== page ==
If the BC Utilities Commission rules, as is quite likely, that the installation of what are commonly known as smart meters is fine for electricity providers, consumers could face a classic case of Hobson’s choice.
After receiving copies of documents being forwarded to the commission by local residents, I took advantage of an opportunity recently and asked a FortisBC representative if residents will have to choose between allowing smart meters or having electricity in their homes. It would be the utilities commission’s decision, he said, but it does have the right to order electricity providers to offer an opt-out clause.
Such an order seems unlikely to me, given that the premise for Fortis and BC Hydro’s plan to install the high-tech meters is to save costs. Customers who opt out would cost the utilities proportionately more to serve than they do now, because their systems wouldn’t be designed to provide alternatives.
Thus, we are about to witness a showdown between companies that are literally directed by the utilities commission to keep consumer costs down and individuals who, for a variety of reasons, are vehemently opposed to having smart meters in their homes.
Locally, Dr. Imme Askevold and Carol Ann O’Learo, and no doubt many others, have been waging a battle against what FortisBC refers to as advanced metering infrastructure. They have written letters to the BC Utilities Commission and gathered a massive amount of information, scientific and otherwise, to back their contention that the proposed meters are a bad idea.
“Please do not allow these corporations to install such devices, all they see is how they will generate dollars and power (and I don’t mean just electrical),” Askevold writes after citing health concerns based on science. “Crestonites are not the only community concerned about these meters.”
O’Learo has told the commission that she will not allow a smart meter to be installed in her home.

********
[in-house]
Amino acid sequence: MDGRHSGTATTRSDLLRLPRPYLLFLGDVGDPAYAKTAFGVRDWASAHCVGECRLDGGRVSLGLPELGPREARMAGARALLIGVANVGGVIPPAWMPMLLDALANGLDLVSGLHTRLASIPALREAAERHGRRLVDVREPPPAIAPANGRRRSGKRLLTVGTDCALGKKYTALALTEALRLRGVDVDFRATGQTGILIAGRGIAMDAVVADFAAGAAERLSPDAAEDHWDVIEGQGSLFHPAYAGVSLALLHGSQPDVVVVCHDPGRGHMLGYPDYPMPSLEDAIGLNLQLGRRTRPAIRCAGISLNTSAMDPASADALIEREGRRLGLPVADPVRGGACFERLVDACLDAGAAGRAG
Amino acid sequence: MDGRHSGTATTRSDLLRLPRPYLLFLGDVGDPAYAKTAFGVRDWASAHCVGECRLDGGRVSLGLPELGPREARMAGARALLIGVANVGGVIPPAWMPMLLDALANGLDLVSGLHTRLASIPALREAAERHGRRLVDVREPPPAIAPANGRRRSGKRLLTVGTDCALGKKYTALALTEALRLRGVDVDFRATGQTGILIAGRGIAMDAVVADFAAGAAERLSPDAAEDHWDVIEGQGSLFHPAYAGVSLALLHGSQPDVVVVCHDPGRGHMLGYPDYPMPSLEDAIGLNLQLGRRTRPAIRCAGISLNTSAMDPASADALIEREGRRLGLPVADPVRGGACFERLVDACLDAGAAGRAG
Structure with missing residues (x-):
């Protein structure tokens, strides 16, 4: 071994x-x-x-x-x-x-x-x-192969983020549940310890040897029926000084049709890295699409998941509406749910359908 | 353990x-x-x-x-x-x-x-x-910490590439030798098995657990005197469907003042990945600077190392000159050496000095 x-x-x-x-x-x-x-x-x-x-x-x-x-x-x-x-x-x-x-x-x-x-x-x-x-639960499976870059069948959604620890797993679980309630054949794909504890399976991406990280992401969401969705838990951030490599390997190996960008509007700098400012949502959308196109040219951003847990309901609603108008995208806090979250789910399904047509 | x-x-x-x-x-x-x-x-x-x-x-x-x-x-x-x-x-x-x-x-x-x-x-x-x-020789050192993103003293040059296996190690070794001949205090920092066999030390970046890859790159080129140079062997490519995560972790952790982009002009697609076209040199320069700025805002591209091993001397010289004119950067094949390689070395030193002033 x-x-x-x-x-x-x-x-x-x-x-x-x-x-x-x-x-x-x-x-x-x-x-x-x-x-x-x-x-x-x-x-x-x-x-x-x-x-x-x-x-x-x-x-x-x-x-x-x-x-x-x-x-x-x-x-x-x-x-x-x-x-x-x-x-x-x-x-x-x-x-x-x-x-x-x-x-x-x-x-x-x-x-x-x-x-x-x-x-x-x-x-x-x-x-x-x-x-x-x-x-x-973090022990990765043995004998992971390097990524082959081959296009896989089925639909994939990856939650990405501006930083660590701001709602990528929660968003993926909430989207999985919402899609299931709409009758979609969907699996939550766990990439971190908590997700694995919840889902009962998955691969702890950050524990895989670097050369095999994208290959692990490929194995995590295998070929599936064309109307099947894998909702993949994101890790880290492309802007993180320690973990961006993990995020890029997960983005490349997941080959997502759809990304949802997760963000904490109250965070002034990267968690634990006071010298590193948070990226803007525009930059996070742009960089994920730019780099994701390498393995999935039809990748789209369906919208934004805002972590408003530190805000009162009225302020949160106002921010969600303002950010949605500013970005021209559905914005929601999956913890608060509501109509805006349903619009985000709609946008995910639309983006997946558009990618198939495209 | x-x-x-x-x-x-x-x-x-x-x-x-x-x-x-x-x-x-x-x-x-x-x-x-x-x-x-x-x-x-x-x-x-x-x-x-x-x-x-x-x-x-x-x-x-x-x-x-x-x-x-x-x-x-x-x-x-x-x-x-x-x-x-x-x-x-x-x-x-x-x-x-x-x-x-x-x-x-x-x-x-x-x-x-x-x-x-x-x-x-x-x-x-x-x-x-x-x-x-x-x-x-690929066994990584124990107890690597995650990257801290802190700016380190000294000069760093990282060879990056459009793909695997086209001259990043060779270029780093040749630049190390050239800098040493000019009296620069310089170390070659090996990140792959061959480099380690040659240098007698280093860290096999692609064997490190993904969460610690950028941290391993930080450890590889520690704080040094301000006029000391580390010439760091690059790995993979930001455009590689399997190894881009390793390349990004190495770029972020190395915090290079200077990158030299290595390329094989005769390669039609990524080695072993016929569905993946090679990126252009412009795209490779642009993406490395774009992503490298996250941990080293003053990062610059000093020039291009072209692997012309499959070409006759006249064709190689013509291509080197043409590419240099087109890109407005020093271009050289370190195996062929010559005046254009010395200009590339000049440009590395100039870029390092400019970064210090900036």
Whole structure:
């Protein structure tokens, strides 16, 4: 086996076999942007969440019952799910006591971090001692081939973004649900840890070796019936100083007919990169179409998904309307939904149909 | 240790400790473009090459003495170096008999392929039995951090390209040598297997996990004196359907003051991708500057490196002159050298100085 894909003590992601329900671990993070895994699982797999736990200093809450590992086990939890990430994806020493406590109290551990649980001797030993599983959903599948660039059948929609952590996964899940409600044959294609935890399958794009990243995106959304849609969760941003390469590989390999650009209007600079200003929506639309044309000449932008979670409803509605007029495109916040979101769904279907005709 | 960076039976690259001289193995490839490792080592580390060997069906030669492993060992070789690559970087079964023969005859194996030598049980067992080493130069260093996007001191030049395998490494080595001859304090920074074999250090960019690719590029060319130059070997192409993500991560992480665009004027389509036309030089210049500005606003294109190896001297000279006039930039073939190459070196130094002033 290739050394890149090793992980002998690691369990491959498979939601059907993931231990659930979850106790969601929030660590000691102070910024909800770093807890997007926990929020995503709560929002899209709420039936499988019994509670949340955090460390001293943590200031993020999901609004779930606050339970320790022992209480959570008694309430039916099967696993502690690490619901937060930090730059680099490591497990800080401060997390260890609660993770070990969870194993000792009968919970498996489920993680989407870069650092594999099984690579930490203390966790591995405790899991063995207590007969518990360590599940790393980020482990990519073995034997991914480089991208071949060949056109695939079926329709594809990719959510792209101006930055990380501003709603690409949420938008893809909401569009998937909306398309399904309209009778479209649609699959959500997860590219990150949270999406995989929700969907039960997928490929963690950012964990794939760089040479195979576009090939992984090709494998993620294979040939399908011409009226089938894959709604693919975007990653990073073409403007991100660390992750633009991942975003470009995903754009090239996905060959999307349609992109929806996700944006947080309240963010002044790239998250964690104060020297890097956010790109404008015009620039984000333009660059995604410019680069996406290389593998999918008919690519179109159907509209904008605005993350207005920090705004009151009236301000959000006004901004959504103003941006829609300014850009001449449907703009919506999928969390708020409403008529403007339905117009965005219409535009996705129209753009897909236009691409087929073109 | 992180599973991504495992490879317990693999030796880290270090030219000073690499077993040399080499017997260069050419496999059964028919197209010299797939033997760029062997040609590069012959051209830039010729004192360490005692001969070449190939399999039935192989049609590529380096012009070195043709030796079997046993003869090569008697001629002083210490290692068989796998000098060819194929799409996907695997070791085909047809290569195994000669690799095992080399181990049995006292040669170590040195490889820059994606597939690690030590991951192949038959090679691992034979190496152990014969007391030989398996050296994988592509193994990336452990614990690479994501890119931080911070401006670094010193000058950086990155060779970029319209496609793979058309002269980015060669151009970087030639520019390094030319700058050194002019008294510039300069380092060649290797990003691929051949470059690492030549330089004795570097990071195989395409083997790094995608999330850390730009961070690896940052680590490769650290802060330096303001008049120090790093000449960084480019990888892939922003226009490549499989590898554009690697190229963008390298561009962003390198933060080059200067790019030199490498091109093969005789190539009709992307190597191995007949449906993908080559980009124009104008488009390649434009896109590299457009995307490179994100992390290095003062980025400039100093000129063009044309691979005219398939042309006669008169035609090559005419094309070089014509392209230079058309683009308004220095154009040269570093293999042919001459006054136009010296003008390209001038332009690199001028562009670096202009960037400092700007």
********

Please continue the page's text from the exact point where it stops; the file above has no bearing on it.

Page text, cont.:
“Please be notified that there will not be a ‘smart meter’ installed at the address of Ms O’Learo,” she writes. “I’m sure you are all well aware of the dangers of EMF (electromagnetic field) waves emitted from these meters —as if we aren’t inundated with enough of them already via cellphones/towers, Wi-Fi networks, etc.”
I’m not a scientist or a medical doctor, so I’m not in a position to analyze the situation with any reliability. But I do know that perception is important and if one believes one is being exposed to harm, that belief can have a huge negative health effect. It’s no different than the well-documented positive effects of placebos.
FortisBC, like BC Hydro, which provides electricity to most of the province, argues that the old mechanical meters are outdated and must be replaced, and that the data-emitting meters will save costs by eliminating the need for door-to-door meter readers and also by allowing consumers to become more aware of their power usage habits, which they can then adjust if they want to save money.
Part of the problem lies in my perception, at least, that every time a large corporation offers us a cheaper solution to something, it never seems to translate into more dollars in our pockets. Shareholders and executives seem to be the major beneficiaries. That might not quite be the case with a utility, which is highly regulated to the point of its ability to make profits, but it’s easy to sympathize with a wary public.
The rights of the individual have taken a severe beating in the last decade or more and it seems like only a matter of time before citizens begin to say enough is enough. Consumers will argue that just because they want or need to purchase a product or a service, it doesn’t follow that they want more and more intrusion into their personal lives. It’s a hard point to argue, whether or not one believes in the scientific validity of their arguments.
Freedom of choice is a commonly heard argument. It will be fascinating to see whether the BC Utilities Commission, ostensibly at arm’s length from the government and utility providers, and independent in its decision-making powers, rules that the only choice — Hobson’s Choice — to B.C. residents is to have power delivered to their homes or not.
Lorne Eckersley is the publisher of the Creston Valley Advance.